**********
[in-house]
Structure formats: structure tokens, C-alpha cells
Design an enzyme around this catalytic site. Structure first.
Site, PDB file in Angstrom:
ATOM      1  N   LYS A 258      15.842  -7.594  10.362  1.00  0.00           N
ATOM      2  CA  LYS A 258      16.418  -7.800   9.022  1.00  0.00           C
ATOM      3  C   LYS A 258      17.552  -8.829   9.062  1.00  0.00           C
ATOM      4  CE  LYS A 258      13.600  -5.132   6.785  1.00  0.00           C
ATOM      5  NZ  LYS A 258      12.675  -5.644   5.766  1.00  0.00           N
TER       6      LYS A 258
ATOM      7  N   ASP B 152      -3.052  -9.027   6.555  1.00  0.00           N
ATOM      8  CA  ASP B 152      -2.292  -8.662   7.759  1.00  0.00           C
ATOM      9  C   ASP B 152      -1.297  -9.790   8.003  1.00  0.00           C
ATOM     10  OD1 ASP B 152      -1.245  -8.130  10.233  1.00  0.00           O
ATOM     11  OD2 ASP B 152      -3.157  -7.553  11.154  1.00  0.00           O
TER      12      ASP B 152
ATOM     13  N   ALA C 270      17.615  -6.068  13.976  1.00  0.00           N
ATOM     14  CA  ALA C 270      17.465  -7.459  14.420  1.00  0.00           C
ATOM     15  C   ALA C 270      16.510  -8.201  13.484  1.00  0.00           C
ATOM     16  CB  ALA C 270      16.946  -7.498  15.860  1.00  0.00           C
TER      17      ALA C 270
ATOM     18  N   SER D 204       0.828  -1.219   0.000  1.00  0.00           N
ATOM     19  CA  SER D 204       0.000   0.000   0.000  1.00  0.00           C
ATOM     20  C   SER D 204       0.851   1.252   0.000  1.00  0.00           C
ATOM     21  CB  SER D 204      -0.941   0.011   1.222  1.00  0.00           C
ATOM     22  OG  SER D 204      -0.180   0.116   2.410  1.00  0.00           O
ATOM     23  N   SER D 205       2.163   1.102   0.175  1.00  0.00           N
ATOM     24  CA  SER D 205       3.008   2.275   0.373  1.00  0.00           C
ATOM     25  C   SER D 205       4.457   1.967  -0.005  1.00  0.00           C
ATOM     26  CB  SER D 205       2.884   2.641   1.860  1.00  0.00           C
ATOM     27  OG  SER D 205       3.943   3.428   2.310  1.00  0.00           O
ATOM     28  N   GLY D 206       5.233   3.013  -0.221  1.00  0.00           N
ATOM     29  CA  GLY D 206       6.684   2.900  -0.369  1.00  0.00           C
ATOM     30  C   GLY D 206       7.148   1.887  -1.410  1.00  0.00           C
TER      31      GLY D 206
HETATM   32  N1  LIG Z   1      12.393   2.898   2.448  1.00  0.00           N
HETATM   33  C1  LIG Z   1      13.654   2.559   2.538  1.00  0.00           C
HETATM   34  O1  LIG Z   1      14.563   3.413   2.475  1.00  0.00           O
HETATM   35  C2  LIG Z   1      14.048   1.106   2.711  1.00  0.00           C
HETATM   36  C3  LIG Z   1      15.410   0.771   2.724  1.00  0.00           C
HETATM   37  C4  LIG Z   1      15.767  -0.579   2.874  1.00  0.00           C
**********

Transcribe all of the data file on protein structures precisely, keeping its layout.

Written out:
[in-house]
Structure formats: structure tokens, C-alpha cells
Design an enzyme around this catalytic site. Structure first.
Site, PDB file in Angstrom:
ATOM      1  N   LYS A 258      15.842  -7.594  10.362  1.00  0.00           N
ATOM      2  CA  LYS A 258      16.418  -7.800   9.022  1.00  0.00           C
ATOM      3  C   LYS A 258      17.552  -8.829   9.062  1.00  0.00           C
ATOM      4  CE  LYS A 258      13.600  -5.132   6.785  1.00  0.00           C
ATOM      5  NZ  LYS A 258      12.675  -5.644   5.766  1.00  0.00           N
TER       6      LYS A 258
ATOM      7  N   ASP B 152      -3.052  -9.027   6.555  1.00  0.00           N
ATOM      8  CA  ASP B 152      -2.292  -8.662   7.759  1.00  0.00           C
ATOM      9  C   ASP B 152      -1.297  -9.790   8.003  1.00  0.00           C
ATOM     10  OD1 ASP B 152      -1.245  -8.130  10.233  1.00  0.00           O
ATOM     11  OD2 ASP B 152      -3.157  -7.553  11.154  1.00  0.00           O
TER      12      ASP B 152
ATOM     13  N   ALA C 270      17.615  -6.068  13.976  1.00  0.00           N
ATOM     14  CA  ALA C 270      17.465  -7.459  14.420  1.00  0.00           C
ATOM     15  C   ALA C 270      16.510  -8.201  13.484  1.00  0.00           C
ATOM     16  CB  ALA C 270      16.946  -7.498  15.860  1.00  0.00           C
TER      17      ALA C 270
ATOM     18  N   SER D 204       0.828  -1.219   0.000  1.00  0.00           N
ATOM     19  CA  SER D 204       0.000   0.000   0.000  1.00  0.00           C
ATOM     20  C   SER D 204       0.851   1.252   0.000  1.00  0.00           C
ATOM     21  CB  SER D 204      -0.941   0.011   1.222  1.00  0.00           C
ATOM     22  OG  SER D 204      -0.180   0.116   2.410  1.00  0.00           O
ATOM     23  N   SER D 205       2.163   1.102   0.175  1.00  0.00           N
ATOM     24  CA  SER D 205       3.008   2.275   0.373  1.00  0.00           C
ATOM     25  C   SER D 205       4.457   1.967  -0.005  1.00  0.00           C
ATOM     26  CB  SER D 205       2.884   2.641   1.860  1.00  0.00           C
ATOM     27  OG  SER D 205       3.943   3.428   2.310  1.00  0.00           O
ATOM     28  N   GLY D 206       5.233   3.013  -0.221  1.00  0.00           N
ATOM     29  CA  GLY D 206       6.684   2.900  -0.369  1.00  0.00           C
ATOM     30  C   GLY D 206       7.148   1.887  -1.410  1.00  0.00           C
TER      31      GLY D 206
HETATM   32  N1  LIG Z   1      12.393   2.898   2.448  1.00  0.00           N
HETATM   33  C1  LIG Z   1      13.654   2.559   2.538  1.00  0.00           C
HETATM   34  O1  LIG Z   1      14.563   3.413   2.475  1.00  0.00           O
HETATM   35  C2  LIG Z   1      14.048   1.106   2.711  1.00  0.00           C
HETATM   36  C3  LIG Z   1      15.410   0.771   2.724  1.00  0.00           C
HETATM   37  C4  LIG Z   1      15.767  -0.579   2.874  1.00  0.00           C